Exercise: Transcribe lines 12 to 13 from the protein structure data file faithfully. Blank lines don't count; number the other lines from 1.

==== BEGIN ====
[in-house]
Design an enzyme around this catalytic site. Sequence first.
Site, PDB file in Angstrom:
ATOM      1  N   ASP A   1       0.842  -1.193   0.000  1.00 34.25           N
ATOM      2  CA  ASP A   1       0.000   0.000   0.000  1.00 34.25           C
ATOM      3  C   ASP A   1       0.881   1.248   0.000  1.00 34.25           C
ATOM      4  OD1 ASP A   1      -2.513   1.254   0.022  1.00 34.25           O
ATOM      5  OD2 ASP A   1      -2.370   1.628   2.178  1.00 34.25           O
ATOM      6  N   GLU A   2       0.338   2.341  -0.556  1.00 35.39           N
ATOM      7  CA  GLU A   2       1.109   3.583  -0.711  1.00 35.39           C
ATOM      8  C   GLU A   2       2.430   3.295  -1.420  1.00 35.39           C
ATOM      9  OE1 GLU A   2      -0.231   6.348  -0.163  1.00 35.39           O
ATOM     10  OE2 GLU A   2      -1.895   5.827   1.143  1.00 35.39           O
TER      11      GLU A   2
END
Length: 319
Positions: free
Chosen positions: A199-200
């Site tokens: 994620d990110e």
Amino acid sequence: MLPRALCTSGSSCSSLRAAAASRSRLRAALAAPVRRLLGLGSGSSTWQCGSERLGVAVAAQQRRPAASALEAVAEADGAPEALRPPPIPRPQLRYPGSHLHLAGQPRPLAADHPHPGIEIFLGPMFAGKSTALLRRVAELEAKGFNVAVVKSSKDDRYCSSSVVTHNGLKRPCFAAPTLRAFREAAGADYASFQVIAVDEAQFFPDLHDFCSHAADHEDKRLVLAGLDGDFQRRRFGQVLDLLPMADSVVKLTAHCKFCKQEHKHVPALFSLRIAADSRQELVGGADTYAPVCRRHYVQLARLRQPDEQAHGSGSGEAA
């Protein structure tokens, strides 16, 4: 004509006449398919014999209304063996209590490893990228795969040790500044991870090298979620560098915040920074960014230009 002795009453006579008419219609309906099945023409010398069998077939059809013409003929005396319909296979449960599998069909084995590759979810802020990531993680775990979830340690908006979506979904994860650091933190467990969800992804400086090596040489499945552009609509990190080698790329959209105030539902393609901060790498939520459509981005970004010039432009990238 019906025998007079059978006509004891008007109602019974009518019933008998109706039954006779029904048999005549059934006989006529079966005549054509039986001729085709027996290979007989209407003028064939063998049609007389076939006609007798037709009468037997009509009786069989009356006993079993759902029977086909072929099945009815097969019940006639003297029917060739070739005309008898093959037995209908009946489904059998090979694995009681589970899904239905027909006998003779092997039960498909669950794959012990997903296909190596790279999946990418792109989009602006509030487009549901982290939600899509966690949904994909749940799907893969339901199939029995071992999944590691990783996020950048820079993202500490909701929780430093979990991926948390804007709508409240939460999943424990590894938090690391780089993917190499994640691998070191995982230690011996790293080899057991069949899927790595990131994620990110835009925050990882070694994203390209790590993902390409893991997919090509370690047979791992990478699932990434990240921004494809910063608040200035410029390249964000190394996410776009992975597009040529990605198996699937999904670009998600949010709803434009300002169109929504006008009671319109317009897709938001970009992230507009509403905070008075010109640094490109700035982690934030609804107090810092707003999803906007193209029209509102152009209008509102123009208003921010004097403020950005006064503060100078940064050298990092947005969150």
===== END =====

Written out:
ATOM      9  OE1 GLU A   2      -0.231   6.348  -0.163  1.00 35.39           O
ATOM     10  OE2 GLU A   2      -1.895   5.827   1.143  1.00 35.39           O